Favourite Maria Sharapova and Petra Kvitova will meet in the women's singles at Wimbledon.
The former stormed back after a shaky start to beat Sabine Lisicki 6-4, 6-3, while eighth-seeded Czech Petra Kvitova showed the greater will, ambition and control of her nerves to overcome Victoria Azarenka 6-1, 3-6, 6-2 in a topsy-turvy first semi-final at on Thursday as she reached her first Grand Slam final.
Russian fifth seed Sharapova, who won the grasscourt Grand Slam in 2004, slipped 3-0 down to the German wildcard in the first set of the semi-final but suddenly found her groove to rattle off a string of winners.
Rain was in the air just as Sharapova was excelling but the drizzle held off and her momentum was maintained.
The second set was again inconsistent from both players but the 24-year-old prevailed and will now fancy her chances against the Czech eighth seed in Saturday's showpiece.
The Czech, also a semi-finalist last year, dominated the first set but then lost her way as the Belarussian fourth seed took the second in her first Grand Slam last four appearance after four previous quarter-final defeats.
Kvitova, however, continued to go for her shots and came back strongly to take the third and become the first left-hander to make the Wimbledon women's final since Martina Navratilova, present at Thursday's match, in 1994.
"I can't say anything, I'm so happy," said Kvitova.
"I started really well, all match it was about serve so I was happy mine went well in the third set."
Kvitova -- who beat Azarenka last year during her unexpected run to the semis when she was ranked 62nd -- was far more aggressive throughout the first set, going for the lines and taking risks while Azarenka was content to wait for errors.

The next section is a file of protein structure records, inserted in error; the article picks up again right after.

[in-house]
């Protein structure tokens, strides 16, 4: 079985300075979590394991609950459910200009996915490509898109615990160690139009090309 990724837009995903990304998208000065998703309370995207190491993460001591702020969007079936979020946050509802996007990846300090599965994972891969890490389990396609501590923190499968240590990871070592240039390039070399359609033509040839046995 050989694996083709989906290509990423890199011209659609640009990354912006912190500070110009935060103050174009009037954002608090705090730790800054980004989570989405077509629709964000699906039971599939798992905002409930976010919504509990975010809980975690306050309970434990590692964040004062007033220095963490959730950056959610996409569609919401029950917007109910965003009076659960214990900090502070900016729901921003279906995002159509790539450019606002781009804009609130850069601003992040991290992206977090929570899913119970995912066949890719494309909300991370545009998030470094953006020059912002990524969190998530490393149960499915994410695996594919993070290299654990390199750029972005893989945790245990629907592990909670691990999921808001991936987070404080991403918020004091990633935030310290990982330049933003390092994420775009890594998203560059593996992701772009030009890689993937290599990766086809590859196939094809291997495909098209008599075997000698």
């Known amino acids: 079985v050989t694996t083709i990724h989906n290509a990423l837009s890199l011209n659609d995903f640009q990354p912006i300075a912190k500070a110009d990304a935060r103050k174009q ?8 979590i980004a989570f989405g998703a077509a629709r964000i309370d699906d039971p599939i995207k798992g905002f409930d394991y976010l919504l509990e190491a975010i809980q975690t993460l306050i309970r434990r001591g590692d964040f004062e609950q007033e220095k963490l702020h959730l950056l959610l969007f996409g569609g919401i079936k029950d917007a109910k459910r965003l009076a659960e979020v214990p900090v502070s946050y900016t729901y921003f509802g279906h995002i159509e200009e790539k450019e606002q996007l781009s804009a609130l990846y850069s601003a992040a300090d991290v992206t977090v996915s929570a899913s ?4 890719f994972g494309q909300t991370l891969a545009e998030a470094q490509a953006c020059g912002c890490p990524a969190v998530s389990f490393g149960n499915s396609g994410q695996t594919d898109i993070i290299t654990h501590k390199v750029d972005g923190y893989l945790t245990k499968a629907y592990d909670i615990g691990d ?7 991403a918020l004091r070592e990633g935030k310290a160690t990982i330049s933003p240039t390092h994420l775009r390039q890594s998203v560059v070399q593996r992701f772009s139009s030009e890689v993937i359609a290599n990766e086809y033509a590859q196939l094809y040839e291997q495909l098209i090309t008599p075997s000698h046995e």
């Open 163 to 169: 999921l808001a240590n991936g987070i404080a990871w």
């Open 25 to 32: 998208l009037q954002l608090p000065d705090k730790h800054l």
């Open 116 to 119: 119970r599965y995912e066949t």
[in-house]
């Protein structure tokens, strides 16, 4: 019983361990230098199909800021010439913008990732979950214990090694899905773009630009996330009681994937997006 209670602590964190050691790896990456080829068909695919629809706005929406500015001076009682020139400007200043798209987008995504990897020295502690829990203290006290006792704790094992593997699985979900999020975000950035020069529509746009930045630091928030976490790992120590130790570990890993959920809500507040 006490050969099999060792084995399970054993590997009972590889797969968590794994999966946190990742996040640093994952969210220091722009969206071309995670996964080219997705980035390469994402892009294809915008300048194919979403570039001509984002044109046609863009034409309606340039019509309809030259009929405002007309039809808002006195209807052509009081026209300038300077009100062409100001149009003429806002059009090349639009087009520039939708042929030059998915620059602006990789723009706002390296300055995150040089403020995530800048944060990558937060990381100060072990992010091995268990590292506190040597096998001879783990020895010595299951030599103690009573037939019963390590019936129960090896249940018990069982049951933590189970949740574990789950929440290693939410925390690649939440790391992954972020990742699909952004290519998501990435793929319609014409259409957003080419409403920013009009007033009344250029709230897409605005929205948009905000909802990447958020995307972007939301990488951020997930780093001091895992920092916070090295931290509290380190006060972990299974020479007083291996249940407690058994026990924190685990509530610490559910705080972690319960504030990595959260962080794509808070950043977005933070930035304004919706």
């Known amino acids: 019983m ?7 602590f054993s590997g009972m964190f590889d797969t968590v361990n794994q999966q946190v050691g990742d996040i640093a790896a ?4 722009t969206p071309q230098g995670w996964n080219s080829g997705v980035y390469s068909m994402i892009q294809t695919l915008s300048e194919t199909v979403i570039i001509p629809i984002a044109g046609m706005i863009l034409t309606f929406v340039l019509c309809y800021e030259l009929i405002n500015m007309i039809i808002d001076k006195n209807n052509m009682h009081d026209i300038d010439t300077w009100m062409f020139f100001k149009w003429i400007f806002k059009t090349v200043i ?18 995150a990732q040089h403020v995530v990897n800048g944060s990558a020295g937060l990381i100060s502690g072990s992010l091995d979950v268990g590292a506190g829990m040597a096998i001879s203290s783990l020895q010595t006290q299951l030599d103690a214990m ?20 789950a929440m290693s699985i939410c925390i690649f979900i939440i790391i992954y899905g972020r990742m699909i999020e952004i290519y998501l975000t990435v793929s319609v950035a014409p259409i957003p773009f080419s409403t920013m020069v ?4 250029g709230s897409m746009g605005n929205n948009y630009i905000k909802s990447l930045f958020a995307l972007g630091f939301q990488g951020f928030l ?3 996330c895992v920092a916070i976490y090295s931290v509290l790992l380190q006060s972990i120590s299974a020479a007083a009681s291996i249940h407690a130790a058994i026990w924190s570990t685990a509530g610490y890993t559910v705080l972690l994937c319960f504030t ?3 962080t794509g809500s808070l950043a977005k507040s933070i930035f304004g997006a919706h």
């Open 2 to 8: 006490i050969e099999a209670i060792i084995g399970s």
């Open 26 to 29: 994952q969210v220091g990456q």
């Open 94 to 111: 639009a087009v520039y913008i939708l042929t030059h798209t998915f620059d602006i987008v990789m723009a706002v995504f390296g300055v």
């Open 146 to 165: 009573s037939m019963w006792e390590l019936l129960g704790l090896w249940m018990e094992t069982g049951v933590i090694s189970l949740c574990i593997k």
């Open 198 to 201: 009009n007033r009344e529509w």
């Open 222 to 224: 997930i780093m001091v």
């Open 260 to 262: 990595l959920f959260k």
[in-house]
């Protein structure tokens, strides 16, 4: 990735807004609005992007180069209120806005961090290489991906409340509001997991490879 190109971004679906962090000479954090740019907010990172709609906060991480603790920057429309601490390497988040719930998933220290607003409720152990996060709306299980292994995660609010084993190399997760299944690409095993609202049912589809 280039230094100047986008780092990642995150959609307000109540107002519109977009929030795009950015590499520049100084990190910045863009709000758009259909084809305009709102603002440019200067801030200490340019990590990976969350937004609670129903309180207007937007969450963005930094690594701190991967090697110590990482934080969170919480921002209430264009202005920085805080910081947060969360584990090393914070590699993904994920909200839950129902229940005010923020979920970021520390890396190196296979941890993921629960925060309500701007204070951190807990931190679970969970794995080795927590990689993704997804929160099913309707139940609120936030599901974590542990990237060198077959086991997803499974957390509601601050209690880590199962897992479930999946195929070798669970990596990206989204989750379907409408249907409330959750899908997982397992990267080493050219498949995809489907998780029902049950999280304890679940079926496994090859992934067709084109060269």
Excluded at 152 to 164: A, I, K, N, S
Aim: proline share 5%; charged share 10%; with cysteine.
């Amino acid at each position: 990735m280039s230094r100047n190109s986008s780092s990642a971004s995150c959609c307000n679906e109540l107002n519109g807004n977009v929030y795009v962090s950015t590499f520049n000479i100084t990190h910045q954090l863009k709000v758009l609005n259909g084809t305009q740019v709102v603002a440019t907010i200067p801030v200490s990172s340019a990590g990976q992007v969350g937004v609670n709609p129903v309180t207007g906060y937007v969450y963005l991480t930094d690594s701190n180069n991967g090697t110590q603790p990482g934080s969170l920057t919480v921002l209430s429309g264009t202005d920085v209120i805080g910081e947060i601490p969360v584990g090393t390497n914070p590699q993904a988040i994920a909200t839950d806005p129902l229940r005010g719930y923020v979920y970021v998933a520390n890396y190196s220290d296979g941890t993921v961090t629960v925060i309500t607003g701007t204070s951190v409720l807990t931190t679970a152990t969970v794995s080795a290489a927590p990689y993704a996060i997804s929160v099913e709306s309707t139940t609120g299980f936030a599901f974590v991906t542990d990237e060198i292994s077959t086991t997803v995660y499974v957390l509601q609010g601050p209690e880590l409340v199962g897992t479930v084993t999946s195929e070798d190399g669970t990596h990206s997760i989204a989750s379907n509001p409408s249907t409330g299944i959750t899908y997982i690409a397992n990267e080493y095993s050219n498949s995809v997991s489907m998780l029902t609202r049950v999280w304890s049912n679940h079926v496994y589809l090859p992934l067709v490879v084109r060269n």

It proved a successful tactic for the Czech, who took control and finished it off in style with three successive aces, chalking up the first set after only 27 minutes of action.
In the second set Azarenka finally began to display the form that has brought her so much success this year and lifted her to fourth in the world rankings, while Kvitova's radar suddenly went awry and her game became littered with mistakes.
It was a tense encounter with the crowd struggling to lift themselves but they had a moment of light relief when Azarenka, assailing their eardrums with her trademark screech, complained to the umpire about noise from a nearby errant alarm.
Oblivious to the irony, she got over the distraction and, having broken for a 2-0 lead, cashed in on Kvitova's ragged shots to level the contest between the two 21-year-olds.
Kvitova, bidding to be the first Czech in the final since Jana Novotna in 1998, got herself together again for the third set and took advantage of some poor Azarenka serving to break for a 2-0 lead.
The Belarussian's big chance to hit back came when she was 3-1 down and her opponent was 15-40 on serve but Kvitova, who served solidly through the final set, saved the break points and won the game.
Kvitova missed her first match point when a return, not for the first time, floated long but she won it on her second courtesy of an Azarenka double fault.